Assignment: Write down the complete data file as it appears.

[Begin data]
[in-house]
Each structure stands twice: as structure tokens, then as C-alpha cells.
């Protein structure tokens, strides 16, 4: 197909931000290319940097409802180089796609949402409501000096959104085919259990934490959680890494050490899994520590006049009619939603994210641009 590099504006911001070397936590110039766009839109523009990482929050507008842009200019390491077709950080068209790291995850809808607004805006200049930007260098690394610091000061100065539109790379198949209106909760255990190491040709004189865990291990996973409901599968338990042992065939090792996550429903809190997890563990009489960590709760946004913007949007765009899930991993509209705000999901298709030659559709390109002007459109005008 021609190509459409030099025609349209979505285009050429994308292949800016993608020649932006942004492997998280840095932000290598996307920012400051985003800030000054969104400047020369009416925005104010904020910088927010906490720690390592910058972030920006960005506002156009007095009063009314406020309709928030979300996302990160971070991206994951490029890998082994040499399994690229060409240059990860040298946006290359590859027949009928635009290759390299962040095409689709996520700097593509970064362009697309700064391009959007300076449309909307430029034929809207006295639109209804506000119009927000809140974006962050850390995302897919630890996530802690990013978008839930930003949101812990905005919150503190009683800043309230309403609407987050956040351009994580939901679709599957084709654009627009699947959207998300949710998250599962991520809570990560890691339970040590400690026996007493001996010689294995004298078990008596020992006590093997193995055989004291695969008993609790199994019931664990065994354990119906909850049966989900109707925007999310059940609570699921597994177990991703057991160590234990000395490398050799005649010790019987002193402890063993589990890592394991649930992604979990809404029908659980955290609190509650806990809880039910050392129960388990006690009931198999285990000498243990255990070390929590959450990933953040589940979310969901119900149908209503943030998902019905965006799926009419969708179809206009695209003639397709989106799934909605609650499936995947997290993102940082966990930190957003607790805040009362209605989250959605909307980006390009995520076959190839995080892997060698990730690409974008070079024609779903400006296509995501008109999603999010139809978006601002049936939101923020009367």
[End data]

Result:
[in-house]
Each structure stands twice: as structure tokens, then as C-alpha cells.
């Protein structure tokens, strides 16, 4: 197909931000290319940097409802180089796609949402409501000096959104085919259990934490959680890494050490899994520590006049009619939603994210641009 590099504006911001070397936590110039766009839109523009990482929050507008842009200019390491077709950080068209790291995850809808607004805006200049930007260098690394610091000061100065539109790379198949209106909760255990190491040709004189865990291990996973409901599968338990042992065939090792996550429903809190997890563990009489960590709760946004913007949007765009899930991993509209705000999901298709030659559709390109002007459109005008 021609190509459409030099025609349209979505285009050429994308292949800016993608020649932006942004492997998280840095932000290598996307920012400051985003800030000054969104400047020369009416925005104010904020910088927010906490720690390592910058972030920006960005506002156009007095009063009314406020309709928030979300996302990160971070991206994951490029890998082994040499399994690229060409240059990860040298946006290359590859027949009928635009290759390299962040095409689709996520700097593509970064362009697309700064391009959007300076449309909307430029034929809207006295639109209804506000119009927000809140974006962050850390995302897919630890996530802690990013978008839930930003949101812990905005919150503190009683800043309230309403609407987050956040351009994580939901679709599957084709654009627009699947959207998300949710998250599962991520809570990560890691339970040590400690026996007493001996010689294995004298078990008596020992006590093997193995055989004291695969008993609790199994019931664990065994354990119906909850049966989900109707925007999310059940609570699921597994177990991703057991160590234990000395490398050799005649010790019987002193402890063993589990890592394991649930992604979990809404029908659980955290609190509650806990809880039910050392129960388990006690009931198999285990000498243990255990070390929590959450990933953040589940979310969901119900149908209503943030998902019905965006799926009419969708179809206009695209003639397709989106799934909605609650499936995947997290993102940082966990930190957003607790805040009362209605989250959605909307980006390009995520076959190839995080892997060698990730690409974008070079024609779903400006296509995501008109999603999010139809978006601002049936939101923020009367």